Suzan Swanton, a social worker who was a pioneer in bringing mobile methadone clinics to the addicted and who also headed the Governor's Drug and Alcohol Advisory Council, died of cancer Jan. 15 at her Odenton home. The former Northwood resident was 62.
Born in Fort Monmouth, N.J., she was the daughter of Philip Swanton, an Air Force officer, and Madeline Meder Swanton, a judicial secretary. She grew up in Prince George's County and was a 1970 graduate of La Reine High School, a Roman Catholic school in Suitland. She earned a bachelor's degree in sociology at the University of Maryland, College Park and received a master's degree at the University of Maryland School of Social Work.
"She was an expert in the use of methadone and other medications to treat addiction, and was a leader in providing mobile health services and treatment outside of traditional settings," said Erin Heath, her niece by marriage, who lives in Washington.
She initially worked in the Prince George's sheriff's department and in 1975 began work as an addiction counselor at a Cheverly clinic. She soon attracted the attention of others in her field.
"She was the epitome of what a social worker is meant to be. She was a person who had empathy and understood that addicts were getting the short end of an already short stick," said Dr. Peter Luongo, executive director of Pittsburgh's Institute for Research, Education and Training in Addictions. "She has a passion and she turned hers into deeds. She was a terrific fixer of problems."
She held similar posts at Baltimore's Sinai Hospital and was later the clinical director of the Glenwood Life Counseling Center in Govans, where she worked from 1985 to 1998.
"She and a colleague, Carol Butler, got the grant money to buy a recreational vehicle and outfit it to pass federal and state regulations as a mobile clinic," said Dr. Luongo, who was the director of Maryland's Alcohol and Drug Abuse Administration. "She wanted to make treatment for heroin addicts more accessible."
Ms. Swanton worked in organizations that treated addicted persons. She had been deputy director of the Institutes for Behavioral Resources and was the clinical services director of Baltimore Substance Abuse Treatment Systems. She was deputy director of Man Alive Research, Inc., served at the Dania Institute and in 2005 was named executive director of the Addict Referral and Counseling Center in Baltimore.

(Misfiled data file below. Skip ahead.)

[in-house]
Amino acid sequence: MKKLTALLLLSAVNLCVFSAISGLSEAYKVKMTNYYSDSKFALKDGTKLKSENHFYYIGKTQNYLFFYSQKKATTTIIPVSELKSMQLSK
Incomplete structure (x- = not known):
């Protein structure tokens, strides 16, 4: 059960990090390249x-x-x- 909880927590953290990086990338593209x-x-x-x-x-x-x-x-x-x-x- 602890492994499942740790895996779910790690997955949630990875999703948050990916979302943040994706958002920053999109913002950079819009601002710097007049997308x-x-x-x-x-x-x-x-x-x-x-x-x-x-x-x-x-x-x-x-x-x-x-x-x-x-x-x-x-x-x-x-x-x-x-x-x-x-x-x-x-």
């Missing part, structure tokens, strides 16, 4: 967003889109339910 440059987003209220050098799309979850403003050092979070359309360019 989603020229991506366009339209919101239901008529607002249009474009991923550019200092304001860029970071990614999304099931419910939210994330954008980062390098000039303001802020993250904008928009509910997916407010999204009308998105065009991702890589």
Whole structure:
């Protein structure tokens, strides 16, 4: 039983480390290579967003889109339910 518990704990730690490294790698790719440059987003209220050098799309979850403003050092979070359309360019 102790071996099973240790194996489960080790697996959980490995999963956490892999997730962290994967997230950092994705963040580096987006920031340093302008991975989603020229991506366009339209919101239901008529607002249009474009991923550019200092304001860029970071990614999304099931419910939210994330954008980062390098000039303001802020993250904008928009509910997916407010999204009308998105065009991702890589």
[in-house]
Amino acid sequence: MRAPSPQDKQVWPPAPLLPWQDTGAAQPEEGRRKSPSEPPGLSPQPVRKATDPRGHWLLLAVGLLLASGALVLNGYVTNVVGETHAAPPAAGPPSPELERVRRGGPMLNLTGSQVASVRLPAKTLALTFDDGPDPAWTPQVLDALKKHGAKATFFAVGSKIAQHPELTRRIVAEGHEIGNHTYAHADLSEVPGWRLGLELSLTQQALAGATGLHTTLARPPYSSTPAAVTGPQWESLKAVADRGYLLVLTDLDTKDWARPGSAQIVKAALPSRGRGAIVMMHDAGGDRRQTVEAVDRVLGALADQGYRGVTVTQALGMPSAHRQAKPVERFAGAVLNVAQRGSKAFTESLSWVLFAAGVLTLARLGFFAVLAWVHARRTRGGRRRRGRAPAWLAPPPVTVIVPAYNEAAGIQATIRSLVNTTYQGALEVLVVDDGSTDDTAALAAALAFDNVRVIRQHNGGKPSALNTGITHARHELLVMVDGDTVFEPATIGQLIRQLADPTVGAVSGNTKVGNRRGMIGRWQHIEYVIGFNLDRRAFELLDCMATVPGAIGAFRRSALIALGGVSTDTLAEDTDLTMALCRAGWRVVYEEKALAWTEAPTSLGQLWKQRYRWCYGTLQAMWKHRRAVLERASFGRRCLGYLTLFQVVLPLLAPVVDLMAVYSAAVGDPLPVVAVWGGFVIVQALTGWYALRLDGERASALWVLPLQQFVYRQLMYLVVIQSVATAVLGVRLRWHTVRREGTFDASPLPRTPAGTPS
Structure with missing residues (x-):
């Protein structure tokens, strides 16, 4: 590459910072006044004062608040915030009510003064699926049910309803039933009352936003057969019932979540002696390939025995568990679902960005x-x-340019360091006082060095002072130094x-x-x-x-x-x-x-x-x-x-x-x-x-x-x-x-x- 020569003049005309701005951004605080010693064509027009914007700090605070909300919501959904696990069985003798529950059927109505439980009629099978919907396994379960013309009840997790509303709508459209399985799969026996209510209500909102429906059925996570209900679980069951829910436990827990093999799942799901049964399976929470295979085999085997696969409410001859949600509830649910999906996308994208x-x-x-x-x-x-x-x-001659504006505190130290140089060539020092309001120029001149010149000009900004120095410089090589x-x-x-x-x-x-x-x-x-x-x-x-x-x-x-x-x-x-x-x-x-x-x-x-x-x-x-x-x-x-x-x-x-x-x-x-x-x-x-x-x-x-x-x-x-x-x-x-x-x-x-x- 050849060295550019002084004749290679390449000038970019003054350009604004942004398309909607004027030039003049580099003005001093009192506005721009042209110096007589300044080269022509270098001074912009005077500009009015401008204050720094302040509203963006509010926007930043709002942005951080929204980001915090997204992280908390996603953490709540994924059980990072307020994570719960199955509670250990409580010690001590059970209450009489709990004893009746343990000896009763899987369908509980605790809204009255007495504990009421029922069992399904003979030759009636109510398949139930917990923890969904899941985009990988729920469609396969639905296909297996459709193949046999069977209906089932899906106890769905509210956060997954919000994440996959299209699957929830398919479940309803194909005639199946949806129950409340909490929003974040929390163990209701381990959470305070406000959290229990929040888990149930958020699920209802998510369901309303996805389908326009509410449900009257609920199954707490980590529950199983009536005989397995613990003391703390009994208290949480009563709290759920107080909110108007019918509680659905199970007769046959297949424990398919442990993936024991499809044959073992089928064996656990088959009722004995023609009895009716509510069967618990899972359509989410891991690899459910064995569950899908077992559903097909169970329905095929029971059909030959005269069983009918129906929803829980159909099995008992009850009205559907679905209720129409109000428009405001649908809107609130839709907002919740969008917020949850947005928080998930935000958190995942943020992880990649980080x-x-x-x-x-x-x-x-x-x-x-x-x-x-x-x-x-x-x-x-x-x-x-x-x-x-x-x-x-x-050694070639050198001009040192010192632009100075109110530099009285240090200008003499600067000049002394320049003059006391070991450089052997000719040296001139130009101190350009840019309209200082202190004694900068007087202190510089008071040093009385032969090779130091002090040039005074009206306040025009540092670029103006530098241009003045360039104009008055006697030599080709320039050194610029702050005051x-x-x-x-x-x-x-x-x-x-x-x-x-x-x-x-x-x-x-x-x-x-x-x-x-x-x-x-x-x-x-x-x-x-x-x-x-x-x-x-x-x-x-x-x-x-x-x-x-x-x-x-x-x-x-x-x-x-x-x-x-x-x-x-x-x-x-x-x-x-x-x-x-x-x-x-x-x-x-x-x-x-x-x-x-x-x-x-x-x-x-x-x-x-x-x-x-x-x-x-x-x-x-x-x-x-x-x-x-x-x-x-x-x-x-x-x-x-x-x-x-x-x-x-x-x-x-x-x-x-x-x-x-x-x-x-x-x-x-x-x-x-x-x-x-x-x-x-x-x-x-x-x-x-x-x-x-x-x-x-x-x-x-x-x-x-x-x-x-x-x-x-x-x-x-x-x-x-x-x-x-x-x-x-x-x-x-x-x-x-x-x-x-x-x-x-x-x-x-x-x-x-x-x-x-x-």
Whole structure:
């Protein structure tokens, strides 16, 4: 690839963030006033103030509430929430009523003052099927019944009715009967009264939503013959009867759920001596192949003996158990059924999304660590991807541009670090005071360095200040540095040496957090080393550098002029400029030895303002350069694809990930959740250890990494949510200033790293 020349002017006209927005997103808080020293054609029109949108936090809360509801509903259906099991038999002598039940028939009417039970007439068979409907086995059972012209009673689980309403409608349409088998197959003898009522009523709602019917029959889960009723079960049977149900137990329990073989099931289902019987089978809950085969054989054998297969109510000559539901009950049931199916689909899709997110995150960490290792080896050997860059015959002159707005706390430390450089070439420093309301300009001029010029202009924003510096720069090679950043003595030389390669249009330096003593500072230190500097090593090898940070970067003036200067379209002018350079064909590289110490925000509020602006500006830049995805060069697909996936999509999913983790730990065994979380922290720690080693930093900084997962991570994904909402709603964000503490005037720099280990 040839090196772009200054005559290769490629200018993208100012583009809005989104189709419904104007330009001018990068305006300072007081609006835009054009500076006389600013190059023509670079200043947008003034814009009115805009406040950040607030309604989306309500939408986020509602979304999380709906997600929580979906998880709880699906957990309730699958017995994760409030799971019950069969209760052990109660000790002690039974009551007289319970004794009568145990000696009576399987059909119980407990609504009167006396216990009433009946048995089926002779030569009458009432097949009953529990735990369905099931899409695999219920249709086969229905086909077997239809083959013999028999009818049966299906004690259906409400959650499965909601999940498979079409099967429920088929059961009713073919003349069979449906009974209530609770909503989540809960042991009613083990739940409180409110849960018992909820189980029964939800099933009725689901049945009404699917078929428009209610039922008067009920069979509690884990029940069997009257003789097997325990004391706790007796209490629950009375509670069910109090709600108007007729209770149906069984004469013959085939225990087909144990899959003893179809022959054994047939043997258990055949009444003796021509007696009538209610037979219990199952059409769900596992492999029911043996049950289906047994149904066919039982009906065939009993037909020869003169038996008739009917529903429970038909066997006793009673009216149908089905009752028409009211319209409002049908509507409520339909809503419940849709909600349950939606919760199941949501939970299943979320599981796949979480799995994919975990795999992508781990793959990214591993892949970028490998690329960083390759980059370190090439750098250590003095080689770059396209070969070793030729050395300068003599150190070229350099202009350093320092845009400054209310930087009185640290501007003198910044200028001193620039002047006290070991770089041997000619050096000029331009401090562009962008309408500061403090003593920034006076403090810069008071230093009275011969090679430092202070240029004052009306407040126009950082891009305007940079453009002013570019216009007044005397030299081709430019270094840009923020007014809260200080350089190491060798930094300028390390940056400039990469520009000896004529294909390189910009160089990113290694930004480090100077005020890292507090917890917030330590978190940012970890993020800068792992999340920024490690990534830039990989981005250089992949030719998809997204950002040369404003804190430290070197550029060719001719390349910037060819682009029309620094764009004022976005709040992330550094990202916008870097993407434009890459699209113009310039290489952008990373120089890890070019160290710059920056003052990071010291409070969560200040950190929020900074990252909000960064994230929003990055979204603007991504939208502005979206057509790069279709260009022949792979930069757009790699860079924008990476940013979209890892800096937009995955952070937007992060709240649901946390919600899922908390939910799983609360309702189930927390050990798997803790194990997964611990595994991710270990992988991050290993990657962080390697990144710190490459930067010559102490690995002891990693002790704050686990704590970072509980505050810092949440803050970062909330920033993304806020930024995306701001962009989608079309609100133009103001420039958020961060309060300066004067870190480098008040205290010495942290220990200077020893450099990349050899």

In 2006 Gov. Robert L. Ehrlich Jr. named her executive director of the Maryland Governor's State Drug and Alcohol Abuse Council. She was also an official of the Maryland State Opioid Treatment Authority.
In 2001 she was awarded the Nyswander-Dole Award for "extraordinary work and service in the opioid treatment field."
After living on Northwood Drive in Northeast Baltimore for many years, she moved to Odenton when she became a grants project officer at the U.S. Substance Abuse and Mental Health Services Administration, a post she held at her death. She administered a program that sought to bring addiction research into general practice.
Ms. Swanton was a member of the National Association of Social Workers for the past 34 years. She was the Maryland chapter president from 2008 to 2010 and was also its chairperson for its Committee on Substance Abuse and Dependence.
"She exemplified the social work value of working toward social justice," said Daphne L. McClellan, executive director of the National Association of Social Workers' Maryland Chapter. "She was an important mentor to me and many others."
She was also the recipient of the Richard Lane Award and the National Catholic Education Association's 1996 Distinguished Graduate Award.
"Suzan was always the most well-read person in the room," said Ms. Heath. "We went to book talks at Politics and Prose and she always reading something. She was a lifelong fan of baseball, especially her beloved Yankees."